(HealthDay News) – Individuals with migraine experience as much stigma as individuals with epilepsy and panic disorder, which are also episodic, according to a study presented at the 2013 International Headache Congress, held from June 27–30 in Boston.
Robert E. Shapiro, MD, PhD, from the University of Vermont in Burlington, and Peter B. Reiner, PhD, from the University of British Columbia in Vancouver, Canada, used the Attitudes towards Mental Illness Questionnaire to compare the attitudes of 765 individuals (recruited through a crowdsourcing website) towards individuals with migraine and towards individuals with epilepsy, panic disorder, and asthma.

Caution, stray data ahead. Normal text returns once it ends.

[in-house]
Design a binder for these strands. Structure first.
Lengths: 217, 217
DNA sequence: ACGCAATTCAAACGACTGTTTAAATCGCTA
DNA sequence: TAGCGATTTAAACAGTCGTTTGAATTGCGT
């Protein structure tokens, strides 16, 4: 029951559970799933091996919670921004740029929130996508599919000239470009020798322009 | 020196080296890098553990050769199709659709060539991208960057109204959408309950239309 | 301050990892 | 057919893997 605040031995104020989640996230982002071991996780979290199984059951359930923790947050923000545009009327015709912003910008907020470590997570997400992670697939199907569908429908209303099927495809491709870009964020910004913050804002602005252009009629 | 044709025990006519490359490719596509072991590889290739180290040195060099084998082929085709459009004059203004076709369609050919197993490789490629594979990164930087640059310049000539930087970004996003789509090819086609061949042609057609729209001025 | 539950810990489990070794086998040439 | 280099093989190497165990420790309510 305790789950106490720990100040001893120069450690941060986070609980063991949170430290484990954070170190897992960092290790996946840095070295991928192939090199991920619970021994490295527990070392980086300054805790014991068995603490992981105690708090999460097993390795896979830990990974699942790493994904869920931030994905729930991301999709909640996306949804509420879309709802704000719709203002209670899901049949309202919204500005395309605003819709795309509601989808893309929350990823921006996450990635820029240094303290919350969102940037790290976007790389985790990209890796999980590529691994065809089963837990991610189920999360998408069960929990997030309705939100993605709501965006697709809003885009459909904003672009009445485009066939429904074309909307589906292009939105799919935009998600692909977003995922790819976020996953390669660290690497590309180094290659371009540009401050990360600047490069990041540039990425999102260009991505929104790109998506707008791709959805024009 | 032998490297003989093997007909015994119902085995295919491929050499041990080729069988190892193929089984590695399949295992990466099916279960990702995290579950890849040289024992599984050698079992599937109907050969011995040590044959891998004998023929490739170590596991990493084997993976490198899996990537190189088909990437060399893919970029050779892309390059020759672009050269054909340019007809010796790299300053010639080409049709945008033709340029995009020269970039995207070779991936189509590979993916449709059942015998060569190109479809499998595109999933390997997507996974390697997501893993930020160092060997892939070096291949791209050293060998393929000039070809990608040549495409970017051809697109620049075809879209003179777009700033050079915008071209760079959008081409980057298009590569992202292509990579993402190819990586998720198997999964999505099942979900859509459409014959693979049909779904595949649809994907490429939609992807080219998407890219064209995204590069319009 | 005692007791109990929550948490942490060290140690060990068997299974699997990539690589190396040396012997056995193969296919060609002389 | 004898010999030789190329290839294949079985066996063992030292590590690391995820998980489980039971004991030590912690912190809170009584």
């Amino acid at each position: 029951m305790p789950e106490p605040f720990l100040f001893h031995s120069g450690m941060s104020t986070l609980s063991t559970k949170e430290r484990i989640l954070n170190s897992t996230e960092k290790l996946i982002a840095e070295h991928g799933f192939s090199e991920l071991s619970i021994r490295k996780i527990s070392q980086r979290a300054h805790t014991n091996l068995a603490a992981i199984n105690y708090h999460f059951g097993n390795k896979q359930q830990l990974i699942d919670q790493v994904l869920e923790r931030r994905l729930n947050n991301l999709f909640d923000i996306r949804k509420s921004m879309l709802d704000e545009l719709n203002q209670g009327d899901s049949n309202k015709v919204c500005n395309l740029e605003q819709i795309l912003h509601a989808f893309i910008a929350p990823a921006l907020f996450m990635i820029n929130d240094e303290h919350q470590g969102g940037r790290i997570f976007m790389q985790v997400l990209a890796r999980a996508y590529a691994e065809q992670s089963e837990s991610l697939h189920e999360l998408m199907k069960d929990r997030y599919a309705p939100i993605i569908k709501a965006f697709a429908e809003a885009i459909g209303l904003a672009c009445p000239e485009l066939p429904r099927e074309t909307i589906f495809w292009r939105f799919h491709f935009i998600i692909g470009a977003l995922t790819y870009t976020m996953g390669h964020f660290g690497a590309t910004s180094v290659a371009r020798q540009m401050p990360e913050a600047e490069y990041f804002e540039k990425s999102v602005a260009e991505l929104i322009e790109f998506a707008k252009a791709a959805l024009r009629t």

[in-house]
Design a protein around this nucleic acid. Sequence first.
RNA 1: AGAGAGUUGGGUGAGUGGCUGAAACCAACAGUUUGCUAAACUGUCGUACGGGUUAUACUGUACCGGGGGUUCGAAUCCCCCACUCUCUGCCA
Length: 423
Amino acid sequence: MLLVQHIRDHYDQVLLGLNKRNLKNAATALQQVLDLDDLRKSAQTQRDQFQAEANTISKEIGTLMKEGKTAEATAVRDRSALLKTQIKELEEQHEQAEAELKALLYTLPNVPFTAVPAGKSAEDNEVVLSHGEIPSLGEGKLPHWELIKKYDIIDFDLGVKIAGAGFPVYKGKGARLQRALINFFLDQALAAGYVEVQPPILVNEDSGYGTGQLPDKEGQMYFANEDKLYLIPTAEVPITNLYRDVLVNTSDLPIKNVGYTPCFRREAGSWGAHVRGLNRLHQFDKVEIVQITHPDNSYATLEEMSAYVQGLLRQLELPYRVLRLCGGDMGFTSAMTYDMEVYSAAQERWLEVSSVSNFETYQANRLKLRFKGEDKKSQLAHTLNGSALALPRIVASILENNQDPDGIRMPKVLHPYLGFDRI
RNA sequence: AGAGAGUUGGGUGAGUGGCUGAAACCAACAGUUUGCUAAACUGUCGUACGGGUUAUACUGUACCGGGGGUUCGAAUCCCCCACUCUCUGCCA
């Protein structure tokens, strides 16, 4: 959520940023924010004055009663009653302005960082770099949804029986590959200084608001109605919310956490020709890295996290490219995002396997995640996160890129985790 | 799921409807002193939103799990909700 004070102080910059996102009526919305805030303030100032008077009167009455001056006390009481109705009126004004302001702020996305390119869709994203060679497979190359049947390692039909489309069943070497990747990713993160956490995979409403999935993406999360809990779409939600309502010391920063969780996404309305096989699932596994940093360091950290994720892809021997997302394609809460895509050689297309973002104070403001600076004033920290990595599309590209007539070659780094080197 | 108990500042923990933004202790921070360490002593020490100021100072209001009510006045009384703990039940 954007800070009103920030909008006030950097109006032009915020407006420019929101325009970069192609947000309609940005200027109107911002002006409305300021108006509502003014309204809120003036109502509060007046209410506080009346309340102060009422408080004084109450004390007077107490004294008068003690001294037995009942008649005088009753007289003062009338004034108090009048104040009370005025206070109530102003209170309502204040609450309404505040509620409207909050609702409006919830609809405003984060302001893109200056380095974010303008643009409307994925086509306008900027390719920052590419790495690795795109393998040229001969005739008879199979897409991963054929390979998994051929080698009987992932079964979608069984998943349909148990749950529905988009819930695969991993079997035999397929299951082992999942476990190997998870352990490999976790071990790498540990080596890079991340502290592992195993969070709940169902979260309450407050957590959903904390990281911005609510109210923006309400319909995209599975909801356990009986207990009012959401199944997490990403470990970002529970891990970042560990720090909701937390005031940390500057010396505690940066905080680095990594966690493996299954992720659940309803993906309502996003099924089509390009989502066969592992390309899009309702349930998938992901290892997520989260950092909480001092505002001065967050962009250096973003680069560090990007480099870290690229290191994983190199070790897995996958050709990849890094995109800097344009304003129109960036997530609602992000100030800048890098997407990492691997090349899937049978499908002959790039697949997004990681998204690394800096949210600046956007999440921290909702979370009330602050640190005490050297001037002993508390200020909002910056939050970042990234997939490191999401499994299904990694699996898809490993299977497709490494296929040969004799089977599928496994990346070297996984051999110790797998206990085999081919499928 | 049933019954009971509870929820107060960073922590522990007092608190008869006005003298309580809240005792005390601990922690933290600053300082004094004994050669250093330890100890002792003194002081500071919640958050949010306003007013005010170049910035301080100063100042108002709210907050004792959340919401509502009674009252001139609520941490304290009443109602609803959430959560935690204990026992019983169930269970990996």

The researchers found that the stigma was lowest towards individuals with asthma. The stigma towards individuals with migraine was found to be similar to the stigma towards individuals with epilepsy and panic disorder.
“As if the pain of migraine weren’t disabling enough, it also comes with a stigma that often renders it invisible at home and in the workplace,” Shapiro said in a statement. “Many people believe that the mild and tolerable headaches they experience are the same as migraine, and tend to discount the disabling impact that migraine has on the quality of life of those who have these attacks.”